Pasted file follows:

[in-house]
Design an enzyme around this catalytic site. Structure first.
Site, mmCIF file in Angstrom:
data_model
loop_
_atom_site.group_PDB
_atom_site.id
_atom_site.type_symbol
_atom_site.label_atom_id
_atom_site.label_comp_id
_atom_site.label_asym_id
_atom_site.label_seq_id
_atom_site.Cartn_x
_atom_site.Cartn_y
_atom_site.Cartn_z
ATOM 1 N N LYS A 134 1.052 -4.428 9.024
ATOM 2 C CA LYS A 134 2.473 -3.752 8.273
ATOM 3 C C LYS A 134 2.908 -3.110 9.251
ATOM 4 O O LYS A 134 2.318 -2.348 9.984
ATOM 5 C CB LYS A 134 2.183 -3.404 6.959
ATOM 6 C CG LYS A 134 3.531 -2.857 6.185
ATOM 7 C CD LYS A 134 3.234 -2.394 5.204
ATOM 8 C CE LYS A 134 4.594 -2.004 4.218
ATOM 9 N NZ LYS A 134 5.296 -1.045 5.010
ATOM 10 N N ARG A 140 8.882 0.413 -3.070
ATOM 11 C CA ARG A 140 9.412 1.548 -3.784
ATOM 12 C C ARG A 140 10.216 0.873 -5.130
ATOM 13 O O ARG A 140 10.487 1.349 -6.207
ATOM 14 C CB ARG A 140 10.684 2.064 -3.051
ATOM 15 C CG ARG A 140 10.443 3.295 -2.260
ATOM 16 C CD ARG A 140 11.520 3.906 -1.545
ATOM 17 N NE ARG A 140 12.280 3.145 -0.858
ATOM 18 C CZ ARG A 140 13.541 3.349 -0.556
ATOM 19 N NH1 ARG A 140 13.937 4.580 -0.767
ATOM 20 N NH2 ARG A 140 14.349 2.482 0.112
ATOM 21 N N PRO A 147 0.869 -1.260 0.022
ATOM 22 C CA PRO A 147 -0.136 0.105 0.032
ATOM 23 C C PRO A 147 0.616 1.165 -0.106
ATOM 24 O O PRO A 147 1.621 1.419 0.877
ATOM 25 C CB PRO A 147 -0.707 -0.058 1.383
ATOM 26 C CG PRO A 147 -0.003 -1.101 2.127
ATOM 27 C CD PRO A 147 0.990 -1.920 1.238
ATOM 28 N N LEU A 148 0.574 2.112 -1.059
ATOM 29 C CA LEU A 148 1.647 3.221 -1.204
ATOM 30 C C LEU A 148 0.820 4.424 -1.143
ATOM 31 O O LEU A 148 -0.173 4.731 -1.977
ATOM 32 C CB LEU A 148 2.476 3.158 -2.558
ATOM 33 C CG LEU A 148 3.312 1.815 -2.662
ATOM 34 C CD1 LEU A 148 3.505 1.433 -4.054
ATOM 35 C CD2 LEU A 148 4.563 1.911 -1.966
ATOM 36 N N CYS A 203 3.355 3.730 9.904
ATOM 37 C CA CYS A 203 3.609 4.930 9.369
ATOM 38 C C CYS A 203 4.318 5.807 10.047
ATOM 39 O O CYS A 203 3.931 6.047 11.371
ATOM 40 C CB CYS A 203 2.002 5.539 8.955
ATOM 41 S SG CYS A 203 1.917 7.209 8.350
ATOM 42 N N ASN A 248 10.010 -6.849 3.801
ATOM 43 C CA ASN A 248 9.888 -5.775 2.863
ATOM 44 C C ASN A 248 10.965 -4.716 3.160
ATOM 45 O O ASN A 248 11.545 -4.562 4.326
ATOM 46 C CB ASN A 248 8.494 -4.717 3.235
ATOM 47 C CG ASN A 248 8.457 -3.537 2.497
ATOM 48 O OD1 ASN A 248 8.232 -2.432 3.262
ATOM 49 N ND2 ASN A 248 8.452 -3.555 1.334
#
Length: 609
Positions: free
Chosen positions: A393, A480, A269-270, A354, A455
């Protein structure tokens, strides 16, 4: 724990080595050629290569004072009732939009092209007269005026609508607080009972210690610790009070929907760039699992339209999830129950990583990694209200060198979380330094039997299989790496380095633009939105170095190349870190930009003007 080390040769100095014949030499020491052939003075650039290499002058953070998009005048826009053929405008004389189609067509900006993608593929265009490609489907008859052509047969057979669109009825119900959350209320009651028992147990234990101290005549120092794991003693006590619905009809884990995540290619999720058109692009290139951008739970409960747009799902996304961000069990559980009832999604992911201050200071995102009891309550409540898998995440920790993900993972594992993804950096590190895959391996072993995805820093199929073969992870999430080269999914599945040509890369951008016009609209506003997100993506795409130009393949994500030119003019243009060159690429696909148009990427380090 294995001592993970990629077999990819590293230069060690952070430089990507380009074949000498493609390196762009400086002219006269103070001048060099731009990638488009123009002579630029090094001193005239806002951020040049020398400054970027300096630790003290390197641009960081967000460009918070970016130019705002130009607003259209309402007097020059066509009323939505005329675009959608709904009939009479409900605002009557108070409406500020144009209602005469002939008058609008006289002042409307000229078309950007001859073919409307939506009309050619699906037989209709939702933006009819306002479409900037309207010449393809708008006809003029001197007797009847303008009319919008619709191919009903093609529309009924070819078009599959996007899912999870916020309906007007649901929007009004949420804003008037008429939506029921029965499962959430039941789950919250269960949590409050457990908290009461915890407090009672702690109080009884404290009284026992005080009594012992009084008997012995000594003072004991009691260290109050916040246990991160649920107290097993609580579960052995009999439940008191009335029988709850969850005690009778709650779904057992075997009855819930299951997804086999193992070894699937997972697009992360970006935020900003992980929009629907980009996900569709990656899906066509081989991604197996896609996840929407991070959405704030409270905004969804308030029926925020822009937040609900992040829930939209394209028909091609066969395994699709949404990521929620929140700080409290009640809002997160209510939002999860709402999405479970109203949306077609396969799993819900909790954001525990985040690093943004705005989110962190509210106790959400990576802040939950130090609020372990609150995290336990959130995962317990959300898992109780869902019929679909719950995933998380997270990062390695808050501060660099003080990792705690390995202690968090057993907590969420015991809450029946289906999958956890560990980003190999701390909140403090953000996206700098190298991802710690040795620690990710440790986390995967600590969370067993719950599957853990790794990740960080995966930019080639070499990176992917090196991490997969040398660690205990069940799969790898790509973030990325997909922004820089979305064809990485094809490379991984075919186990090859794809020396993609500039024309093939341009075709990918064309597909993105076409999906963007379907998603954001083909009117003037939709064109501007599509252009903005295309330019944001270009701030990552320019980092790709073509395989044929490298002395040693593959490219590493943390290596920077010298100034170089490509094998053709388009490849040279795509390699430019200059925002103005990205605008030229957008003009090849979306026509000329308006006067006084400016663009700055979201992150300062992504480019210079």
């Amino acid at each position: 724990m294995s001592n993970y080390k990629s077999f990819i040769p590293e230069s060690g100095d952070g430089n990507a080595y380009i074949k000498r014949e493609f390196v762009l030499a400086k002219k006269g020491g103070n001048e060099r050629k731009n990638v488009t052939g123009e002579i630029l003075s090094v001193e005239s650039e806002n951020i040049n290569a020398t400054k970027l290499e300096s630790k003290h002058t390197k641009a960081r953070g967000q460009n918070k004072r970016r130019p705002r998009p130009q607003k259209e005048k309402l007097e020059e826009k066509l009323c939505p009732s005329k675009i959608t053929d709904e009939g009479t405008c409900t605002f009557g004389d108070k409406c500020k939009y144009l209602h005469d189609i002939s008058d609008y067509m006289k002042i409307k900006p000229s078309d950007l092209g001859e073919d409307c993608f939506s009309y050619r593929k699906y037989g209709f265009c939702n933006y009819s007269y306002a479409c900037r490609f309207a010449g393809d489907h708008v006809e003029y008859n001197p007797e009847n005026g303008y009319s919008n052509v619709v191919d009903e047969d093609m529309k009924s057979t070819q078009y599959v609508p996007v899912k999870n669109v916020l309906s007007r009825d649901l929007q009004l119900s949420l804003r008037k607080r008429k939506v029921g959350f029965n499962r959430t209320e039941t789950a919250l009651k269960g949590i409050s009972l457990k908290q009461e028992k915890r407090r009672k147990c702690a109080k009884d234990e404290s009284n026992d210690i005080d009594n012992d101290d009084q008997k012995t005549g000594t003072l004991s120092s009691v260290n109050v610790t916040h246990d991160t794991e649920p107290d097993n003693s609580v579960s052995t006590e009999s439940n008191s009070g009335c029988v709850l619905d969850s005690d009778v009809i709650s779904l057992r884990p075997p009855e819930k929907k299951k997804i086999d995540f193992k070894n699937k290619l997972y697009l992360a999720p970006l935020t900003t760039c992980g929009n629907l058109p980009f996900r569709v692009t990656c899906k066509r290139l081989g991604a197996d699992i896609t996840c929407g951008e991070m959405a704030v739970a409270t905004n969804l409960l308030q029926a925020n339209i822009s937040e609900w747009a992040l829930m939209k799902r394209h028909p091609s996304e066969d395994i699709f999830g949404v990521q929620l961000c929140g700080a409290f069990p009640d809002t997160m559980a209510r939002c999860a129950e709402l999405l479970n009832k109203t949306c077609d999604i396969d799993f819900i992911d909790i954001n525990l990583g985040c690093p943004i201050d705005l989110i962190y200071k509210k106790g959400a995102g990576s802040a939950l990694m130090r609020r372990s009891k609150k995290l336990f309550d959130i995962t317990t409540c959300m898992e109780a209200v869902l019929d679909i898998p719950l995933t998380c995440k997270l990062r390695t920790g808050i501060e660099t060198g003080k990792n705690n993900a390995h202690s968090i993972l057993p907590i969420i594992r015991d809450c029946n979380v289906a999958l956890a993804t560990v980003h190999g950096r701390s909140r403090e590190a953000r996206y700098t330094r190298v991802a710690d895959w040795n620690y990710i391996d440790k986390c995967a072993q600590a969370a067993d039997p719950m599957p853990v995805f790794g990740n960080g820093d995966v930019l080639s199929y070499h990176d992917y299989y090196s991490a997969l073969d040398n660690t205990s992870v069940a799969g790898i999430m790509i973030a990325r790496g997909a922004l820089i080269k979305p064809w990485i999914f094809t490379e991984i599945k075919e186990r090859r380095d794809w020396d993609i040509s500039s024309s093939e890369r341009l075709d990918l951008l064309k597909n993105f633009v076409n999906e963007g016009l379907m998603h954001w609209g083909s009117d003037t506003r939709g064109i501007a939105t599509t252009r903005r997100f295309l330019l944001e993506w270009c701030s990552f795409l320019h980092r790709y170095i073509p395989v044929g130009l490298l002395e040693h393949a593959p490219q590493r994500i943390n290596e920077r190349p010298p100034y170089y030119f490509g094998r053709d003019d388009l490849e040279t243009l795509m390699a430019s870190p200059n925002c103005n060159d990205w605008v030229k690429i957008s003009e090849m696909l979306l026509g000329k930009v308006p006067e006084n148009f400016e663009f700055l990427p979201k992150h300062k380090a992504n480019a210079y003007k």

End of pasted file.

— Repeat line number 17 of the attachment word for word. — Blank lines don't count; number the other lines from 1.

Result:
ATOM 2 C CA LYS A 134 2.473 -3.752 8.273